Hans Förstl


John Abercrombie


Pathological and Practical Researches on the Diseases of the Brain and Spinal Cord:

why did he miss what Broca found?

John Abercrombie (1780-1844) was considered the most eminent Scottish physician of his time. In his Pathological and Practical Researches on the Diseases of the Brain and Spinal Cord (1836. Edinburgh: John Carfrae and Son, 3rd ed.), he described the cases of 140 patients with cerebral disorders, 48 of whom suffered from language disturbances. Despite the overwhelming clinical and neuropathological evidence of a close association between language disorder and right-sided hemiparesis or diseases of the left hemisphere, and in spite of his great interest in language disorders, he made no attempt to localize the aphasic syndrome to a specific brain area.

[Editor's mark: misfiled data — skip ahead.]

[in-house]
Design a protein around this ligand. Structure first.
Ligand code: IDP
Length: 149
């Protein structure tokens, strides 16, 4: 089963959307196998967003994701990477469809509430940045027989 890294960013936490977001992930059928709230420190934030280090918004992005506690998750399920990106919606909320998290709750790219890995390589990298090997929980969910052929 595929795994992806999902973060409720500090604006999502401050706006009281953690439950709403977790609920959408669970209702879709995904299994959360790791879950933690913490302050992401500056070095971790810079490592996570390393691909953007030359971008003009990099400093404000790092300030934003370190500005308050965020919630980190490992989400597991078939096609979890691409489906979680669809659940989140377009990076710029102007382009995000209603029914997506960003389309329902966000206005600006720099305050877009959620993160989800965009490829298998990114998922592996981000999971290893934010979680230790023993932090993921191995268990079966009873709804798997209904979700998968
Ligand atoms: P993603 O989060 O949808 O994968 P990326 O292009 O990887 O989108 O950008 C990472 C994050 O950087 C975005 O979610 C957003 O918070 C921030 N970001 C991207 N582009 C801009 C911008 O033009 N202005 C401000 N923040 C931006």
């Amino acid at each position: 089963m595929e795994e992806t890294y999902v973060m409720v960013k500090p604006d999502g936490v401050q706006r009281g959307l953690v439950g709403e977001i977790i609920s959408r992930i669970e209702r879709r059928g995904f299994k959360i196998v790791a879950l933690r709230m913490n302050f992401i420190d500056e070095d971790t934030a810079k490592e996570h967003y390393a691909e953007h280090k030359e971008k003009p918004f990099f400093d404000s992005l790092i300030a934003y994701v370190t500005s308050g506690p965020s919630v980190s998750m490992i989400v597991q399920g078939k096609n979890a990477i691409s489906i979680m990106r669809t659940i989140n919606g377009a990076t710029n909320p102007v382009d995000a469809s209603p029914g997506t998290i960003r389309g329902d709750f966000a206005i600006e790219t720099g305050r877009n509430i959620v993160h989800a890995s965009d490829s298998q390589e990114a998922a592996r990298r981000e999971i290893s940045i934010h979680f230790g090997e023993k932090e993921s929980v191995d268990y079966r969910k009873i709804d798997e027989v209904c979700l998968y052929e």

John Abercrombie, "First Physician to His Majesty in ScotIand" and member of the Edinburgh School, gained international reputation for his medical and philosophical works, which were published in the United Kingdom and in the United States of America. Several of his books were translated into French and German. The first volume of his influential work The Pathological and Practical Researches on the Diseases of the Brain and Spinal Cord was published in 1818. His passion for the psychological and philosophical aspects of neuropsychiatry is documented in his Inquiries Concerning the lntellectual Powers and the Investigation of Truth (1835). His authority was widely accepted and reached far beyond the medical profession. In recent accounts of the history of neurology Abercrombie' s work has received only little attention. His failure to draw the neuropsychological conclusions from his case studies may be one of the reasons for the lack of interest in one of the leading figures of 19th century neurology. This note is an attempt to examine how Abercrombie came to overlook one of the seemingly most obvious conclusions from his collection of cases.